Because both gins use citrus in the distillation process, Horwitz advises the home bartender to add the peels of grapefruit, orange, lemon, and/or lime to your glass before adding your gin (Aro uses two ounces of spirits per cocktail). If you have time, let the gin and peels rest together for a few minutes to give everything a chance to settle and marry; then, add your tonic and give the whole thing one quick stir, at most, so as not to break the bubbles. As for the proper ratio of tonic to gin, opinions differ, but Horwitz suggests starting with one part gin to two or three parts tonic.

“Those elements along with nice big ice cubes that aren’t going to dilute your drink too quickly will give you a really, really nice Gin Tonic at home,” Horwitz assured me.

Once you’ve mastered this baseline Gin Tonic, you are ready to begin playing around with the recipe. Is your favorite gin distilled with cacia root? Then you might add a cinnamon stick to your Gin Tonic. You could also take a cue from the professionals and dabble in more advanced drink-building techniques:

“There are some people who will take extreme additional steps. They will take the actual bottle of Fever Tree and a bar spoon, and they will pour the Fever-Tree onto the bar spoon into the glass so as to prevent the carbonation from escaping from the tonic as it’s being made.”

The Case for Premium Ingredients

fever tree tonic

Fever Tree tonics are a favorite at Aro.

All the botanicals and bar techniques will be for naught, however, if you are using inferior gin or tonic to build your drink. Horwitz calls the quality of those ingredients “critically important” to Gin Tonics, explaining that Aro’s program is 100% out of bottle–meaning they don’t use tonic from soda guns, despite it being the cheaper, easier option. For some Gin Tonic applications, he likes Q Tonic made with agave or, if you want to try a tonic concentrate, he suggests Jack Rudy. But Fever Tree is the current house favorite, and it is the basis of most of Aro’s drinks. Horwitz described the flavor as “very, very clean,” a quality he chalks up to its use of natural cane sugar over the high-fructose corn syrup present in tonics of lesser quality.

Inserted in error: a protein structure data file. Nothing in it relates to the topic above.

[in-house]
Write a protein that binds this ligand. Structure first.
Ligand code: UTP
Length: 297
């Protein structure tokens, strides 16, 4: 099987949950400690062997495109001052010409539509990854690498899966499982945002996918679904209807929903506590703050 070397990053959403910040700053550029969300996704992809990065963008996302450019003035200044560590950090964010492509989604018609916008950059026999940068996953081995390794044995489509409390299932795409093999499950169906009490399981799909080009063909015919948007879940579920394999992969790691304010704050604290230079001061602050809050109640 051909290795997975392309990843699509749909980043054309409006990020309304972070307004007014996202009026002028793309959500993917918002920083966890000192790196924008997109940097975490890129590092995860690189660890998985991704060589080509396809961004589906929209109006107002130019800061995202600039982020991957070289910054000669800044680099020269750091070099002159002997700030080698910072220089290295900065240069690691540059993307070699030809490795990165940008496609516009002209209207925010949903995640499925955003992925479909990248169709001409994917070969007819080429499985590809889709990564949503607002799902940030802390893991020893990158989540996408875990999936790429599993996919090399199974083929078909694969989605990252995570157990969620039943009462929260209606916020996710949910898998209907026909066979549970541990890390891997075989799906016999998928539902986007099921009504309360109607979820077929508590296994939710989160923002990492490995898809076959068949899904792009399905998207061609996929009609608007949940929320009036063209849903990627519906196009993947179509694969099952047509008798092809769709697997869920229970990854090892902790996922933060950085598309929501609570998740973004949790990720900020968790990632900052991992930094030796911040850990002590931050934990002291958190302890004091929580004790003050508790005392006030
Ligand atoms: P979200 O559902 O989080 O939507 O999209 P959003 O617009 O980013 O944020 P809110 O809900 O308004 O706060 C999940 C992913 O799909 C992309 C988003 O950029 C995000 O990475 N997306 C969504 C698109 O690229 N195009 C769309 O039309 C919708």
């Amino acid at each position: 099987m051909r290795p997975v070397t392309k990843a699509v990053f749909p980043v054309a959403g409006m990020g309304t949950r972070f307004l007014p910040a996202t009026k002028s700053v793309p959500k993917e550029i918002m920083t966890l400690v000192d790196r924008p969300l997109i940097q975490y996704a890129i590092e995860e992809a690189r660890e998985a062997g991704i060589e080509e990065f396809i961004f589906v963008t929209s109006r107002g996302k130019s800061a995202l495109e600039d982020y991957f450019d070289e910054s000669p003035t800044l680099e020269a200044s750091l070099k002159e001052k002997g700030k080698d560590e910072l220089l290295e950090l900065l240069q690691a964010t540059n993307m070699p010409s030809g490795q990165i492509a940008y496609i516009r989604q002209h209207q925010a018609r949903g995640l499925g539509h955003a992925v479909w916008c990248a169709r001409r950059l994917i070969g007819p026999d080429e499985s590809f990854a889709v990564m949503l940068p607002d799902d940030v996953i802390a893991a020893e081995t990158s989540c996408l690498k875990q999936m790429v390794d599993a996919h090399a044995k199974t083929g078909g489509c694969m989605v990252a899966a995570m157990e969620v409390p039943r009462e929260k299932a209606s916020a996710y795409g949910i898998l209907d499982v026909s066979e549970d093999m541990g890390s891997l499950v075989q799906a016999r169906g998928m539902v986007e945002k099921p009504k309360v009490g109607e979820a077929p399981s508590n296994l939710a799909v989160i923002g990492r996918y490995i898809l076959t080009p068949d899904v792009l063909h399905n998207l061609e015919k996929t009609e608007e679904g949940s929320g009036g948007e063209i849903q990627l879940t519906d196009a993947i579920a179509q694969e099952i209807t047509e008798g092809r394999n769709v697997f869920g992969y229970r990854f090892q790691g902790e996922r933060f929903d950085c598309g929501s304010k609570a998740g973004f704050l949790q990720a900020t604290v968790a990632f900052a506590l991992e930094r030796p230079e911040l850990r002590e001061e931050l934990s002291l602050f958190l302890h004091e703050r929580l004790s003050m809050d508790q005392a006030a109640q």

“It is sort of geeky and ridiculous to even care about these things. But to find a way to preserve and enhance whatever the natural flavor is of the constituent ingredients we’re using; that’s pretty important to us.”

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1 Comment

  • Susan Resman April 8, 2016 @ 5:33pm

    Interesting article. I haven’t liked him tonics ever, but these are pretty good! However, I prefer the other cocktails offered at Aro to anything made with tonic.